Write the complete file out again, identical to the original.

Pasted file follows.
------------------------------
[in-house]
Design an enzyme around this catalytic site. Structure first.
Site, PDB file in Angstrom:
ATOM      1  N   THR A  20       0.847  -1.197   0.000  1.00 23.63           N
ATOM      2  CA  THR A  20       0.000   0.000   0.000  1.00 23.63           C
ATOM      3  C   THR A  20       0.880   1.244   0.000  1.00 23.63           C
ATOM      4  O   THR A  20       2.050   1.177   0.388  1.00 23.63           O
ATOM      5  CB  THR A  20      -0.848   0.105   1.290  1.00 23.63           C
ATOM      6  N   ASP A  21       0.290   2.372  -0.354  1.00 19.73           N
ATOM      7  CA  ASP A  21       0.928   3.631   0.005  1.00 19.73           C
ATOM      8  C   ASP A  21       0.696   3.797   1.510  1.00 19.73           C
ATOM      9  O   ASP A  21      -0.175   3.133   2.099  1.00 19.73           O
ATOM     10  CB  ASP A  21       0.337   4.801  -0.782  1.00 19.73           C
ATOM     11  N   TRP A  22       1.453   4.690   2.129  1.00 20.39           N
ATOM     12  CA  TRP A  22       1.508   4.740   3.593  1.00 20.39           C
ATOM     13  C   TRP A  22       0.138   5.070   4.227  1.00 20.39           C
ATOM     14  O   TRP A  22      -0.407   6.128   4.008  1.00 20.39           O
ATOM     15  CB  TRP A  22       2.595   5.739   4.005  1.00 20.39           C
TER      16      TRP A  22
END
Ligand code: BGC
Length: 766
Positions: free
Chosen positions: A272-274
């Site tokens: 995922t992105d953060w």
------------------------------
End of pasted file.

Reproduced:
[in-house]
Design an enzyme around this catalytic site. Structure first.
Site, PDB file in Angstrom:
ATOM      1  N   THR A  20       0.847  -1.197   0.000  1.00 23.63           N
ATOM      2  CA  THR A  20       0.000   0.000   0.000  1.00 23.63           C
ATOM      3  C   THR A  20       0.880   1.244   0.000  1.00 23.63           C
ATOM      4  O   THR A  20       2.050   1.177   0.388  1.00 23.63           O
ATOM      5  CB  THR A  20      -0.848   0.105   1.290  1.00 23.63           C
ATOM      6  N   ASP A  21       0.290   2.372  -0.354  1.00 19.73           N
ATOM      7  CA  ASP A  21       0.928   3.631   0.005  1.00 19.73           C
ATOM      8  C   ASP A  21       0.696   3.797   1.510  1.00 19.73           C
ATOM      9  O   ASP A  21      -0.175   3.133   2.099  1.00 19.73           O
ATOM     10  CB  ASP A  21       0.337   4.801  -0.782  1.00 19.73           C
ATOM     11  N   TRP A  22       1.453   4.690   2.129  1.00 20.39           N
ATOM     12  CA  TRP A  22       1.508   4.740   3.593  1.00 20.39           C
ATOM     13  C   TRP A  22       0.138   5.070   4.227  1.00 20.39           C
ATOM     14  O   TRP A  22      -0.407   6.128   4.008  1.00 20.39           O
ATOM     15  CB  TRP A  22       2.595   5.739   4.005  1.00 20.39           C
TER      16      TRP A  22
END
Ligand code: BGC
Length: 766
Positions: free
Chosen positions: A272-274
């Site tokens: 995922t992105d953060w």